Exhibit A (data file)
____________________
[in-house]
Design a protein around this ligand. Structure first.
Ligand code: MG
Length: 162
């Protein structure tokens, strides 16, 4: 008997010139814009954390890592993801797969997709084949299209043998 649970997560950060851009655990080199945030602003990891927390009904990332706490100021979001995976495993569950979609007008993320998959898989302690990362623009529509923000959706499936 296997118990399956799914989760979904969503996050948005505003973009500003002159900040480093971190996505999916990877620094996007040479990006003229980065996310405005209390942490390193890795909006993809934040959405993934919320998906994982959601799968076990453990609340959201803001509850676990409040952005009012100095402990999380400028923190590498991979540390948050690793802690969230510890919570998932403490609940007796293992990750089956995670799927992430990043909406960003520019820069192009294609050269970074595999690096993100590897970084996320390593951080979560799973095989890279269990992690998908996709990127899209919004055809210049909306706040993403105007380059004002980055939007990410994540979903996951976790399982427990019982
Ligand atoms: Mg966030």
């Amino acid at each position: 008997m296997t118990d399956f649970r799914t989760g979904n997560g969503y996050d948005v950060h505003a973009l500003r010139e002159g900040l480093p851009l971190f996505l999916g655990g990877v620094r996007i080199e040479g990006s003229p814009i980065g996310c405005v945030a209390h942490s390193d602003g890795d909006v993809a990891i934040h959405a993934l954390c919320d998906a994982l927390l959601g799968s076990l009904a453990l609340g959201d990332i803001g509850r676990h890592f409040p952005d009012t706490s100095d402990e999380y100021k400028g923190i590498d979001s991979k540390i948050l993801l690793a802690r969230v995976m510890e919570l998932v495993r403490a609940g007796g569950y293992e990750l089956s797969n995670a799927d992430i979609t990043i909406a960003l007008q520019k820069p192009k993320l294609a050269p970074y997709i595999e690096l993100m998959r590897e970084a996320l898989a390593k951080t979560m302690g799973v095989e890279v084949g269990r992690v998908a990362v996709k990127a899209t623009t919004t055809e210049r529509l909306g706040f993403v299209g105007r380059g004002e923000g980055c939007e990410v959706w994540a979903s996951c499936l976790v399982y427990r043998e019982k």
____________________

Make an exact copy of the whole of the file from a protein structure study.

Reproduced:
[in-house]
Design a protein around this ligand. Structure first.
Ligand code: MG
Length: 162
């Protein structure tokens, strides 16, 4: 008997010139814009954390890592993801797969997709084949299209043998 649970997560950060851009655990080199945030602003990891927390009904990332706490100021979001995976495993569950979609007008993320998959898989302690990362623009529509923000959706499936 296997118990399956799914989760979904969503996050948005505003973009500003002159900040480093971190996505999916990877620094996007040479990006003229980065996310405005209390942490390193890795909006993809934040959405993934919320998906994982959601799968076990453990609340959201803001509850676990409040952005009012100095402990999380400028923190590498991979540390948050690793802690969230510890919570998932403490609940007796293992990750089956995670799927992430990043909406960003520019820069192009294609050269970074595999690096993100590897970084996320390593951080979560799973095989890279269990992690998908996709990127899209919004055809210049909306706040993403105007380059004002980055939007990410994540979903996951976790399982427990019982
Ligand atoms: Mg966030």
């Amino acid at each position: 008997m296997t118990d399956f649970r799914t989760g979904n997560g969503y996050d948005v950060h505003a973009l500003r010139e002159g900040l480093p851009l971190f996505l999916g655990g990877v620094r996007i080199e040479g990006s003229p814009i980065g996310c405005v945030a209390h942490s390193d602003g890795d909006v993809a990891i934040h959405a993934l954390c919320d998906a994982l927390l959601g799968s076990l009904a453990l609340g959201d990332i803001g509850r676990h890592f409040p952005d009012t706490s100095d402990e999380y100021k400028g923190i590498d979001s991979k540390i948050l993801l690793a802690r969230v995976m510890e919570l998932v495993r403490a609940g007796g569950y293992e990750l089956s797969n995670a799927d992430i979609t990043i909406a960003l007008q520019k820069p192009k993320l294609a050269p970074y997709i595999e690096l993100m998959r590897e970084a996320l898989a390593k951080t979560m302690g799973v095989e890279v084949g269990r992690v998908a990362v996709k990127a899209t623009t919004t055809e210049r529509l909306g706040f993403v299209g105007r380059g004002e923000g980055c939007e990410v959706w994540a979903s996951c499936l976790v399982y427990r043998e019982k």